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Pension investors commit internship to black youths

written by Bella Palmer

Entities in the British investment management industry have joined internship for educated black youths to tackle underrepresentation of black people

Railways Pension Scheme and Universities Superannuation Scheme are among some 80 entities in the British investment management industry that have committed to offering a paid internship to university-educated black youths next summer.

The initiative is a move to tackle chronic underrepresentation of black people in the City. The programme’s premise is that providing 100 internships for black candidates each year ought to lead to a measurable increase in the number of black portfolio managers in the long-term.

The initiative is the idea of Jonathan Sorrell, president of Capstone Investment Advisors, and was led by him and Dawid Konotey-Ahulu, co-founder of Redington and Mallowstreet, Michael Barrington-Hibbert, founder and managing partner of Barrington Hibbert Associate and Wol Kolade, managing partner of Livingbridge.

The intern roles on offer are in critically important investment teams and intended to give meaningful opportunities.

We felt we wanted to do something really tangible to build a bench of compelling black talent in our industry for the long-term, said Sorrell. By providing such a special entry point into portfolio management, we hope to attract great black students to a career path they may not have otherwise contemplated.

Konotey-Ahulu said: In over two decades in the City, I have rarely come across anyone who looks like me. It is so powerful that the investment management industry has agreed to help welcome more black talent into our industry. We hope other professions will follow suit and have an impact on the representation of black talent in their own industries.

The organisations participating in the initiative represent various parts of the investment management industry, including long only and hedge funds, private equity, credit and real estate managers, and consultants alongside pension fund investors.

More are encouraged to join.

The £30m (€32.6m) defined benefit (DB) scheme of the Family Building Society has been transferred to TPR Retirement Solution’s DB master trust.

The pension scheme will bring 250 members to TPT Retirement Solutions, 66 of whom are currently active in a cash balance section.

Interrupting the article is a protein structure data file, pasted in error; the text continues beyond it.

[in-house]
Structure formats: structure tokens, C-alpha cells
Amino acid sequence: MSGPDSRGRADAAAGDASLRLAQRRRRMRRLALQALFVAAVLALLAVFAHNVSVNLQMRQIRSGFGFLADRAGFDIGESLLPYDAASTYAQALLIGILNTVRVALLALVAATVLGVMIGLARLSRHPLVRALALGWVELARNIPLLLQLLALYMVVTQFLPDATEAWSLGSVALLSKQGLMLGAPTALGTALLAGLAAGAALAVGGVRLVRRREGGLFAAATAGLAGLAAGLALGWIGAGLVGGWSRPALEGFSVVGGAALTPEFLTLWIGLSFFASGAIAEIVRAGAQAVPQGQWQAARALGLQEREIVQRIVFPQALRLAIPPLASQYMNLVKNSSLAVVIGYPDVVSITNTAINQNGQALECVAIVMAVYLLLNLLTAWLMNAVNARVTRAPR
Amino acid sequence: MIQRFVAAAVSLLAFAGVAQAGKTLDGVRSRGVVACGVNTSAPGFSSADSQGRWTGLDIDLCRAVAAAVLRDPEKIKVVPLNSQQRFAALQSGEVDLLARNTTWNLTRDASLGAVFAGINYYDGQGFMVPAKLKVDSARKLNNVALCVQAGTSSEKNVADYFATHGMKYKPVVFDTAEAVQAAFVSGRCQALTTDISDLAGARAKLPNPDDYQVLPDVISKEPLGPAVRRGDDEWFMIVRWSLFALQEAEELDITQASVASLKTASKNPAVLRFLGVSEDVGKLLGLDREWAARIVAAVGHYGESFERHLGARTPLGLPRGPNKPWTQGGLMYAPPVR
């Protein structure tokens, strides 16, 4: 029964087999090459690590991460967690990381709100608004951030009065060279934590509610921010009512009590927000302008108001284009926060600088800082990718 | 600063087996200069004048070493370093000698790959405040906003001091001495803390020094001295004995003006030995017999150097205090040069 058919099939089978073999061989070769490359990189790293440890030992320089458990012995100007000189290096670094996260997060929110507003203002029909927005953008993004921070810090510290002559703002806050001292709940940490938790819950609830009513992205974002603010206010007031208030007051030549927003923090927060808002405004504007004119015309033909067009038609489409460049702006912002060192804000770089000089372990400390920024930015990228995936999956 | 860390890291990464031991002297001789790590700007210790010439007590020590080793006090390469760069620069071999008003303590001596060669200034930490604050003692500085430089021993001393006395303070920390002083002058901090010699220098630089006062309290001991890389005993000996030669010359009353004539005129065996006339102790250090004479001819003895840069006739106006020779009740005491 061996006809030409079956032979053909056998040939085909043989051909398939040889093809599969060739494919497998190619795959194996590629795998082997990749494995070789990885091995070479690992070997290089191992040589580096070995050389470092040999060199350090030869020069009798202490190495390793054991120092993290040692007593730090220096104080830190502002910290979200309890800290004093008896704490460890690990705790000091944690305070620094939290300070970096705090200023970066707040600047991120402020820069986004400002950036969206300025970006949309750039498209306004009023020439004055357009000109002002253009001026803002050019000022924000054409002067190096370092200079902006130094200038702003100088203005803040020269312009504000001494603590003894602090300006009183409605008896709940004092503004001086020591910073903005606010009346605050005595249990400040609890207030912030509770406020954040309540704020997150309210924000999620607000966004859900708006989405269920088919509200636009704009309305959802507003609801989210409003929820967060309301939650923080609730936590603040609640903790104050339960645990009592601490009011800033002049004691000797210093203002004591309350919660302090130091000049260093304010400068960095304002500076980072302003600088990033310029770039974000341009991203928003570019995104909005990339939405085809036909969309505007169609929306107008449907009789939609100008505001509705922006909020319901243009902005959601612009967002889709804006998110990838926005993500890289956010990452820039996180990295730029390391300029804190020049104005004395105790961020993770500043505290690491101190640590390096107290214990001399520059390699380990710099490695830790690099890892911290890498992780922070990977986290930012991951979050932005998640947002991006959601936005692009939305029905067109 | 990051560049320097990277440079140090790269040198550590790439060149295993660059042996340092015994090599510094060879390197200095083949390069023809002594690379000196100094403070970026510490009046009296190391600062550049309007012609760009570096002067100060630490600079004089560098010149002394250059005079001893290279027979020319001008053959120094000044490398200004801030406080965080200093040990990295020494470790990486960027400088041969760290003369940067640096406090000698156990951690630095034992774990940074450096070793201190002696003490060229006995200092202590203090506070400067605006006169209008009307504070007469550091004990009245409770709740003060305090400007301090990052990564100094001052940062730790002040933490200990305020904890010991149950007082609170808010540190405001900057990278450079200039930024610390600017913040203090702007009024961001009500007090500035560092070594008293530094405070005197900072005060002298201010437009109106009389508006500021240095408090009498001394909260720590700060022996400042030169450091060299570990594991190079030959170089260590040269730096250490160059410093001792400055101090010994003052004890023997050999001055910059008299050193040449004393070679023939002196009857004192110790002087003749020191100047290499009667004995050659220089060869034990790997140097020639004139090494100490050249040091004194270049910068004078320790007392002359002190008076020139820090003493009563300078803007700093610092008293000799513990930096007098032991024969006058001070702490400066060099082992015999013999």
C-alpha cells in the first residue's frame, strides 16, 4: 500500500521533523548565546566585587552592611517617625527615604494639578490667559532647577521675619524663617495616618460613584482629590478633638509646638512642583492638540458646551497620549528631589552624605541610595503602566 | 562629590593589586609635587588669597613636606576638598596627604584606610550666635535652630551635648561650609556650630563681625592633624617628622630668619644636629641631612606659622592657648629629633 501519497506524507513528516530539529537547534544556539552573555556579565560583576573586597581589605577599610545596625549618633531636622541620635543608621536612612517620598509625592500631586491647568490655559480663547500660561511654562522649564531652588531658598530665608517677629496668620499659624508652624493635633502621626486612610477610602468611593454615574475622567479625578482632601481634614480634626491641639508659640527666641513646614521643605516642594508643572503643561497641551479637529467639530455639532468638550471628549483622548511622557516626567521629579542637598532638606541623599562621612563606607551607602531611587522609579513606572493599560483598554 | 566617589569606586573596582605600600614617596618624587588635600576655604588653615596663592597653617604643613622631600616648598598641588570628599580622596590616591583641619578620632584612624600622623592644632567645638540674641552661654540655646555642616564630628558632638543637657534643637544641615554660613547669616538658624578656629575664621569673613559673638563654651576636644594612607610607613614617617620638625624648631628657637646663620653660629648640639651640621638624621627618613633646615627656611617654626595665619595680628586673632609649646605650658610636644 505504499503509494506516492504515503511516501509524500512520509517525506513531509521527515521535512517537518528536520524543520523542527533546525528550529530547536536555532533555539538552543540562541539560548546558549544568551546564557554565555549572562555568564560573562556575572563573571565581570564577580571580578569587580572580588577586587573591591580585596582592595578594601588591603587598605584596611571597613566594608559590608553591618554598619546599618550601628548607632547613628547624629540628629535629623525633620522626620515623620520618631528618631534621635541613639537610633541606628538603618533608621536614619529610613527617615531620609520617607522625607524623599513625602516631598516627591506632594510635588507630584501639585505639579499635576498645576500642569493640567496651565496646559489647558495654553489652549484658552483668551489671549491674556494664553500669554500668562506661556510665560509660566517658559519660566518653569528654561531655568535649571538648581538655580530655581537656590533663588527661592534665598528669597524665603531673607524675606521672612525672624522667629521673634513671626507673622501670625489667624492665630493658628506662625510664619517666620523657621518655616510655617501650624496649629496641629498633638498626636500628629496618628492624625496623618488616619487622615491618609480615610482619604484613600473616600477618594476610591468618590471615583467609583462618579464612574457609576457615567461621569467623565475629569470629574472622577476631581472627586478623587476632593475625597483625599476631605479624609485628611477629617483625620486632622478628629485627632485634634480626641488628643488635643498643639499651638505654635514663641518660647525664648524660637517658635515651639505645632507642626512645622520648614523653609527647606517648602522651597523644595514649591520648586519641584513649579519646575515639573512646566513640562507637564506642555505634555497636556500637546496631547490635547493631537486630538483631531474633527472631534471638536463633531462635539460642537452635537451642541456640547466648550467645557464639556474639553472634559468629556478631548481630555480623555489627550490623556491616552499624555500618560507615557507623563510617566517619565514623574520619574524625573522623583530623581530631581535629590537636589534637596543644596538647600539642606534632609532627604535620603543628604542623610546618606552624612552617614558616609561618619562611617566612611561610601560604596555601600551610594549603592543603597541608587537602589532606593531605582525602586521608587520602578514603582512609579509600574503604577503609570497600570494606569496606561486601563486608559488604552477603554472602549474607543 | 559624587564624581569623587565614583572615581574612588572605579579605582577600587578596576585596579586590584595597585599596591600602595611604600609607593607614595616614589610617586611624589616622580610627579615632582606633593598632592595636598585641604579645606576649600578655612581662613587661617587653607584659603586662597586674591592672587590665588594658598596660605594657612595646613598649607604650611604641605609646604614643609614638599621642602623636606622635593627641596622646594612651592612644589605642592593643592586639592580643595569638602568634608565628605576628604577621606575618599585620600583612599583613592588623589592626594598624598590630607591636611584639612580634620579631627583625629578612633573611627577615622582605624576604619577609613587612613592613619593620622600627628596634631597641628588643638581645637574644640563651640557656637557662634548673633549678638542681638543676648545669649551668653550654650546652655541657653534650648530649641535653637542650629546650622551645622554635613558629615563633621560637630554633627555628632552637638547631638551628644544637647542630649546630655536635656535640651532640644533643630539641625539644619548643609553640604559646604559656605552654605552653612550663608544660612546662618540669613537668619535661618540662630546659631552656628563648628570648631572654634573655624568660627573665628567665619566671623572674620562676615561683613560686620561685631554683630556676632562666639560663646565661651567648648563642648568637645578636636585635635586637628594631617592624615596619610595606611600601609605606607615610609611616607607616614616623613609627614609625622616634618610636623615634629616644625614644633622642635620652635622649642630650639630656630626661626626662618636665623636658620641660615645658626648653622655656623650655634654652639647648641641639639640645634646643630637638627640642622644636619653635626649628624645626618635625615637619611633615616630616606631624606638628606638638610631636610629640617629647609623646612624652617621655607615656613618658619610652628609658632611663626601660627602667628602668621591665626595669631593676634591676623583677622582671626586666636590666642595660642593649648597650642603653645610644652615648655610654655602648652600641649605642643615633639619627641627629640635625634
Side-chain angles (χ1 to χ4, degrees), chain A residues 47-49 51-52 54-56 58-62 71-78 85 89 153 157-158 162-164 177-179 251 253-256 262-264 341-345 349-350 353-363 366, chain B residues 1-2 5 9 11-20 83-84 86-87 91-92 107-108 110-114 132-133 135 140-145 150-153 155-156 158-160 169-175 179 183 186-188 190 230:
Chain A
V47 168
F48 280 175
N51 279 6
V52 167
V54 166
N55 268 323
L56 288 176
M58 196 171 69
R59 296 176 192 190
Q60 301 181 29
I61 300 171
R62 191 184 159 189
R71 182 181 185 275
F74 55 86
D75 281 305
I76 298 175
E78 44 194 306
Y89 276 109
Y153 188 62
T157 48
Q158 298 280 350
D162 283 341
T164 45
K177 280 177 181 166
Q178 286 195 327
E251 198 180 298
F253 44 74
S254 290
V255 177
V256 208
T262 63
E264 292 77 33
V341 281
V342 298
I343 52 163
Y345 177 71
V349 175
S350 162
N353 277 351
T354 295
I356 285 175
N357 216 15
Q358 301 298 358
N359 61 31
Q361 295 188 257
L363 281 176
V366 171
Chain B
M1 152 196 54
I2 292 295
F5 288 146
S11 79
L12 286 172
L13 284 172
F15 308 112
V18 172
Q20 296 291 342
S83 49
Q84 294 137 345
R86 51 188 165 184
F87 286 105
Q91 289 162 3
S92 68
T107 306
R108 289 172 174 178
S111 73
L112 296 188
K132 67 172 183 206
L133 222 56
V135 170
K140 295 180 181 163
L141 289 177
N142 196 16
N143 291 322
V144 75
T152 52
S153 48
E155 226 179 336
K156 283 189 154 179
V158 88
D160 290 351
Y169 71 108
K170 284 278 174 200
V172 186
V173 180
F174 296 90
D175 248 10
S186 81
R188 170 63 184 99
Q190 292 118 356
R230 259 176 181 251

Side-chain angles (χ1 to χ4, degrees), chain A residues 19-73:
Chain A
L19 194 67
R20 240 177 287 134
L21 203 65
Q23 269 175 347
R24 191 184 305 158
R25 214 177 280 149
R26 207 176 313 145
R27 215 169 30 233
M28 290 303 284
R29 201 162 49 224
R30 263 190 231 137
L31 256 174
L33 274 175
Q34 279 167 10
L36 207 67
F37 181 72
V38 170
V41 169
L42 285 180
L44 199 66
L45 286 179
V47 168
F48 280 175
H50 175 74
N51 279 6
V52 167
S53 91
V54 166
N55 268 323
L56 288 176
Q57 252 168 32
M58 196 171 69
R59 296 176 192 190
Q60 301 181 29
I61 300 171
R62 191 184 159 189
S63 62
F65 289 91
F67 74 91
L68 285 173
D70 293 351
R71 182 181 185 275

Andrew Barnard, finance director at the Family Building Society, said the ongoing COVID-19 crisis had accelerated some of the improvements the organisation had planned.

Collaborating with TPT reduces risk, creates a more robust scheme for our members and the Society, and helps improve our capital position, he said. We are delighted to have transferred our scheme to TPT’s DB master trust and take advantage of the benefits that this structure offers, he said.

Mike Ramsey, CEO at TPT Retirement Solutions, said: The current economic situation has brought the benefits of our DB master trust to the fore, as those companies who use TPT have been able to concentrate on their business rather than running their pension scheme.

Consultancy LCP has called for the government and pensions regulator (TPR) to provide more clarity about the pensions-related treatment of property funds that re-open after having been gated due to the coronavirus crisis, saying the current situation risked “trapping savers in low return pensions”.

According to the consultancy, workplace pension schemes with members that actively chose to invest in property funds will have to make a decision about what to do with future contributions if the member expresses no active preference.

It highlighted the legal risk that a property fund could be treated as a default fund if the pension scheme decides that the member would have wanted the money to go into the fund and starts to redirect new contributions accordingly.

However, property funds could be in breach of the 0.75% charge cap applied to default funds in auto-enrolment arrangements, and according to LCP, “it is understood that some schemes are considering simply leaving member money going into low-risk, but low-return cash funds for the long-term, leaving it to members to make their own decisions”.

LCP partner and head of DC, Laura Myers, said: Where members have actively chosen to invest in property, they have been willing to face higher charges in the hope of securing better returns.

It would be perverse if this was now regarded as a default arrangement and further, in breach of the charge cap. It would be even more perverse if the result was that member funds continue to be invested in an overly cautious way, which is likely to produce a lower pension pot at retirement, she said.

Myers said, TPR’s guidance on this does not go far enough and leaves the issue open to legal interpretation and unfortunately worse outcomes for members. We urgently need clarity from government and The Pensions Regulator so that members do not lose out.


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